The USA Still a Work in Progress

By Edward M. Bury, APR (aka The PRDude)

Yesterday, President Obama delivered the State of the Union address, his final such speech on the condition of the nation and its future.

Actually, I was in Washington while the President delivered the address to Congress, the rest of the nation and world.

And, no, I was not invited to attend and I would have respectfully declined had I received an invitation. I was in the nation’s capital to attend a transportation conference on behalf of the university where I work.

Photography is not allowed inside the National Archives Museum, but I did take this exterior image.

Photography is not allowed inside the National Archives Museum, but I did take this exterior image.

But, I have some thoughts about our nation, thoughts shaped by what I witnessed in Washington between meetings and education sessions on transportation. First, let me share what inspired this post.

During a break on Tuesday, I strolled a few blocks to the National Archives Museum on Pennsylvania Avenue; it was a cold day, and museum was not crowded, save for some school kids on a field trip and a handful of visitors like myself.

Work continues on the National Mall. I found this symbolic to the nation as a whole.

Work continues on the National Mall. I found this symbolic to the nation as a whole.

There, in the museum Rotunda, is the document that set in motion our nation. Yes, the real Declaration of Independence, and I had the honor of spending a few minutes before it alone.

“Is this one of the originals?” I asked a nice man who was a volunteer docent.

“Original — it’s the only one,” he said, and then offered more insight on the Founding Fathers, who are depicted in spectacular paintings in the Rotunda.

Of course, there’s lots of historical sites in Washington, and lots of money is being spent to preserve our heritage. At the National Mall across Independence Avenue, I could see lots of construction underway to repair and improve America’s front yard.

Dressed for a cold late morning at DuPont Circle.

Dressed for a cold late morning at DuPont Circle.

During my visit, I stayed at a hotel on DuPont Circle, a wonderful neighborhood that’s home to embassies, great restaurants and galleries.  Around the Circle and in doorways on Connecticut Avenue, I saw another side of America, one beyond the great monuments and public spaces.

Men and women lived in cardboard boxes, draped in layers of coats and blankets to stay warm in the January cold.  Yes, this tragedy takes place in many other parts of America — including Chicago — besides Washington; but it was more poignant to witness it in the capital of the richest nation on earth.

Back to the State of the Union address: The President discussed what’s right with America and the accomplishments made during his administration. And, from another perspective, South Carolina Gov. Nikki Haley offered a rebuttal from the Republican party.

This is how politics works, here and in other democracies.

But I wonder if — for the sake of Americans living on the streets as well as those of us who have homes to go to at night — that the politics could be put aside so the problems facing the less fortunate can be solved.

I think that’s what the Founding Fathers meant by the often quoted “pursuit of happiness” segment.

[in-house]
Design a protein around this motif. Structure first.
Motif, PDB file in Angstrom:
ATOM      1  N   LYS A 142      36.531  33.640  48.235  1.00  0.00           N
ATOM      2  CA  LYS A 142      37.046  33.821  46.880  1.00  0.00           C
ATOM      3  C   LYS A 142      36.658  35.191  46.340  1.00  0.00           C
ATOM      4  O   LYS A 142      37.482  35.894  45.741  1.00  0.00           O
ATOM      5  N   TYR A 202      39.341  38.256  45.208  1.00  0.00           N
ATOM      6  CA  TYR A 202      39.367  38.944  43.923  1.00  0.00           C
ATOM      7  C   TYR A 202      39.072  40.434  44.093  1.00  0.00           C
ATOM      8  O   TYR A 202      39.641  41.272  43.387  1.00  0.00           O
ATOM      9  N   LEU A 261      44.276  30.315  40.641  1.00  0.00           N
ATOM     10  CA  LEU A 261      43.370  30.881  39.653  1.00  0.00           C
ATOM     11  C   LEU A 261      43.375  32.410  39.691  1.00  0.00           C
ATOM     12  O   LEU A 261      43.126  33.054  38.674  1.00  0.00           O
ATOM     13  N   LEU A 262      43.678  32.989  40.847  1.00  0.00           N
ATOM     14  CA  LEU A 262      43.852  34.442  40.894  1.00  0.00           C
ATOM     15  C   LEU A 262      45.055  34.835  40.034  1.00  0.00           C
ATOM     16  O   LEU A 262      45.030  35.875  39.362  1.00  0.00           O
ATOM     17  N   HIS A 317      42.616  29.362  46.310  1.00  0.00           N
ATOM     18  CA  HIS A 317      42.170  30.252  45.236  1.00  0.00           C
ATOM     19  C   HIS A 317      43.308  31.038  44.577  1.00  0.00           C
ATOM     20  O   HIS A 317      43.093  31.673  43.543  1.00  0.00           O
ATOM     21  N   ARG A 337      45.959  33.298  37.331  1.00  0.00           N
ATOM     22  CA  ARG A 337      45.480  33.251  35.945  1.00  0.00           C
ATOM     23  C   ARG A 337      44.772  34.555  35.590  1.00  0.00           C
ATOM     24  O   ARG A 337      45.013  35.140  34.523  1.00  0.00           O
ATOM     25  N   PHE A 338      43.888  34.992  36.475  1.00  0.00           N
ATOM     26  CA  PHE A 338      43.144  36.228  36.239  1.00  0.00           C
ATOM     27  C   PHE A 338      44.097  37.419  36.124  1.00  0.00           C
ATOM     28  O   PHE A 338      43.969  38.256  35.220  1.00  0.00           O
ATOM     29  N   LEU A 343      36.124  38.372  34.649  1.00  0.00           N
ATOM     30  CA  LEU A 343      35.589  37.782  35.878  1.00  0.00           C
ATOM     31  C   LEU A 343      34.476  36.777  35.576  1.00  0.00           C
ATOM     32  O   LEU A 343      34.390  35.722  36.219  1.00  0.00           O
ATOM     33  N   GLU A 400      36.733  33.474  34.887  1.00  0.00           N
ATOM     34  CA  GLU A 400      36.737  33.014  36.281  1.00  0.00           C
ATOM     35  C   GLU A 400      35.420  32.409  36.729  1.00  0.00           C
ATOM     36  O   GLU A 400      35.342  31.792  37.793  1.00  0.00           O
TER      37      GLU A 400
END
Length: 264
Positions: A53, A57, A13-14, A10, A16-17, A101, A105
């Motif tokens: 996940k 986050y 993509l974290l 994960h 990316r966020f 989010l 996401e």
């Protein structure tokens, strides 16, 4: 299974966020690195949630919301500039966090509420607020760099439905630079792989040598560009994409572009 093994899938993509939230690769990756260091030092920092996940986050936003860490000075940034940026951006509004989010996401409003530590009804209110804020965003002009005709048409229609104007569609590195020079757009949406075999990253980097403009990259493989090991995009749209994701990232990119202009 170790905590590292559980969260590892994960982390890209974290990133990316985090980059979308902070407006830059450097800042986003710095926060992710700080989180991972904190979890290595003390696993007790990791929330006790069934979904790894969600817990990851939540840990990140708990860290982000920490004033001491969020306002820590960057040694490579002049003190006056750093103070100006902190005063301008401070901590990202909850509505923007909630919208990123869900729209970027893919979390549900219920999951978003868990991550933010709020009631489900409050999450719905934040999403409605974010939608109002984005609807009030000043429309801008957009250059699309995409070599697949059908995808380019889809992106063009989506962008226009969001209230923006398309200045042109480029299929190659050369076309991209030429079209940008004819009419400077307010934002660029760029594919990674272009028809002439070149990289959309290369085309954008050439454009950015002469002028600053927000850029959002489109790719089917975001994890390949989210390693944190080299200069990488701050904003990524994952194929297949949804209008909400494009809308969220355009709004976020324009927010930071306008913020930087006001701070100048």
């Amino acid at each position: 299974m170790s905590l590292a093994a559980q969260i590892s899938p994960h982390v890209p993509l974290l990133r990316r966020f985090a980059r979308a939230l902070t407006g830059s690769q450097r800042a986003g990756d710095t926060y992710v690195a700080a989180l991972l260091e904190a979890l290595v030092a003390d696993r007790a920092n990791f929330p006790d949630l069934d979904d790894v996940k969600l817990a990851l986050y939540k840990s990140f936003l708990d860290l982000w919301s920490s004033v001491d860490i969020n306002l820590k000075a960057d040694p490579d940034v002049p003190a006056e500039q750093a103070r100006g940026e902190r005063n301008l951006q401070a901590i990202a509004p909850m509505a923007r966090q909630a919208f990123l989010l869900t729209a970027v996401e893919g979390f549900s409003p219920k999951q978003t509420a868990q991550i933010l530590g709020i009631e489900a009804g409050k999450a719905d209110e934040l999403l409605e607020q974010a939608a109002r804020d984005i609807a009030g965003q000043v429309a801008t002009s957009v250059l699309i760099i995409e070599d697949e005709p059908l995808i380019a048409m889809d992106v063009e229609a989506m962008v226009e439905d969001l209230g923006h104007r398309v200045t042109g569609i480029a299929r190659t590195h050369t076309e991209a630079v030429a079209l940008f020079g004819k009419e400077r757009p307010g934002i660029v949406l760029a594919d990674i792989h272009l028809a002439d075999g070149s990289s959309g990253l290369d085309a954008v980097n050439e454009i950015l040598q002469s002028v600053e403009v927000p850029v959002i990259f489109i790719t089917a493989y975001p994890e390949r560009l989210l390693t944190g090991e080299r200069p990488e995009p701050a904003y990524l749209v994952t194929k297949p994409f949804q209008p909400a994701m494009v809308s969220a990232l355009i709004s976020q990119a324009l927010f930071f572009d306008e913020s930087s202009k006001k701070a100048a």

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A Public Relations Plan to Help The USA Return to “Normal”

By Edward M. Bury, APR (aka The PRDude)

Loyal followers of The PRDude know that I believe in the power of public relations to do good.  So, I’m offering the following framework of a strategic public relations plan to our elected leaders in Washington, D.C. as an instrument to help end the current legislative stalemate better known as the “shutdown.”

The people who work here need to do their part to end the government shutdown.

The people who work here need to do their part to end the government shutdown.

I’ll follow the storied four-step process, which I addressed way back in September of 2009.  The communications industry changes rapidly in today’s technology-driven world, but the four-step public relations process should not be one of them.

What follows is, as noted above, just the framework of a plan.  (I’d be delighted to expand upon this further — for a hefty fee, of course — but I don’t believe there’s anyone in Washington still on the job who could cut a check, much less have the funds available!)

Step One: Define the threat or opportunity.  In most cases strategy would guide communications to address one or the other.  With the impasse underway in our nation’s capitol, I maintain there’s the potential to craft messages that address both: a) The threat is continued deterioration of the American economy and way of life, and a decline in the nation’s stature on the world stage. b) The opportunity is to bring to the forefront the fact that the two-party system clearly no longer works and we probably need to fix it.  (Independents, are you listening?)

Step Two: Conduct research. In a real-world situation, we’d conduct primary research and review secondary sources. But based on two online news sources, I maintain that the no one really knows when or how the shutdown will  end, and everyone is blaming the President and Congress for this fiasco.  That’s sufficient research for now.

And, the guy who lives here needs to compromise.

And, the guy who lives here needs to compromise.

Step Three: Develop a Plan and Communicate. Strategic public relations plans are based on realistic goals, sound strategies and measurable objectives.  Here’s what I recommend: Compromise and end the impasse (goal), have each side walk away with something (strategy), get people back to work tomorrow and bring business back to normal (objectives). Communicate this through a joint news conference and issue a news release.  Hey, I’ll write the release and talking points for you. For free!